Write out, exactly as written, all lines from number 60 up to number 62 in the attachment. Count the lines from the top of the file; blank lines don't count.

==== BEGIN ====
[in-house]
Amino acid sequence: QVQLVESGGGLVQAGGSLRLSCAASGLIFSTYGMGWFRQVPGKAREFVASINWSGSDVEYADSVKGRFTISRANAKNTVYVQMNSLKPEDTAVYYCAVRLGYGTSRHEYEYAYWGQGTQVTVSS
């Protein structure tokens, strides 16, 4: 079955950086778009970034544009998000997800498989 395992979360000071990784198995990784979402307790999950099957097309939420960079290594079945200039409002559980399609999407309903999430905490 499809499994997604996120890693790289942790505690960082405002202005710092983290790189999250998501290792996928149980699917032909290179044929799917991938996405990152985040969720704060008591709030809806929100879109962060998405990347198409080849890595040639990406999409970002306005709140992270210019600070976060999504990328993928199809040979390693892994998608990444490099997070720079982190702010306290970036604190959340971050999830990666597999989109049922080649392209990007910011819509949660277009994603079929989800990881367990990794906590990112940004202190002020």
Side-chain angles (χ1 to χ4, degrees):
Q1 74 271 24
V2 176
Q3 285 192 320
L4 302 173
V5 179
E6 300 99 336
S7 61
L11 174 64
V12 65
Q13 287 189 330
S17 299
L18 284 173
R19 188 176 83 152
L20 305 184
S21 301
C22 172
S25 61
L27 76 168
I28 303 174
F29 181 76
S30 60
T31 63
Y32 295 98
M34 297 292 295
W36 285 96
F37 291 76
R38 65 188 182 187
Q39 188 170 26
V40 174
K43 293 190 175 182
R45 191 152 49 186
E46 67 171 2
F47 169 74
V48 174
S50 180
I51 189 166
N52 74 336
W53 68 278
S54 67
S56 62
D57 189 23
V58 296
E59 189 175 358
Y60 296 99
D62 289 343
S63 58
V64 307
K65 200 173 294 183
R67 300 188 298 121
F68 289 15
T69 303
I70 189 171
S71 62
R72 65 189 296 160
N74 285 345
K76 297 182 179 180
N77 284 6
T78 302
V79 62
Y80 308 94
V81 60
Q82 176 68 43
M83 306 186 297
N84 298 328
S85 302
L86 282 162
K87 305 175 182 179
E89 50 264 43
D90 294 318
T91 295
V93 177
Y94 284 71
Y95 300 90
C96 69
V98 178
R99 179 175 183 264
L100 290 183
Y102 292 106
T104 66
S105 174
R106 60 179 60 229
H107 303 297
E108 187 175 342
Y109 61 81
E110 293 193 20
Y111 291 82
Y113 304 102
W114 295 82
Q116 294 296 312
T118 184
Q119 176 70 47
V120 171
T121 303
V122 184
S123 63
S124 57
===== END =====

K76 297 182 179 180
N77 284 6
T78 302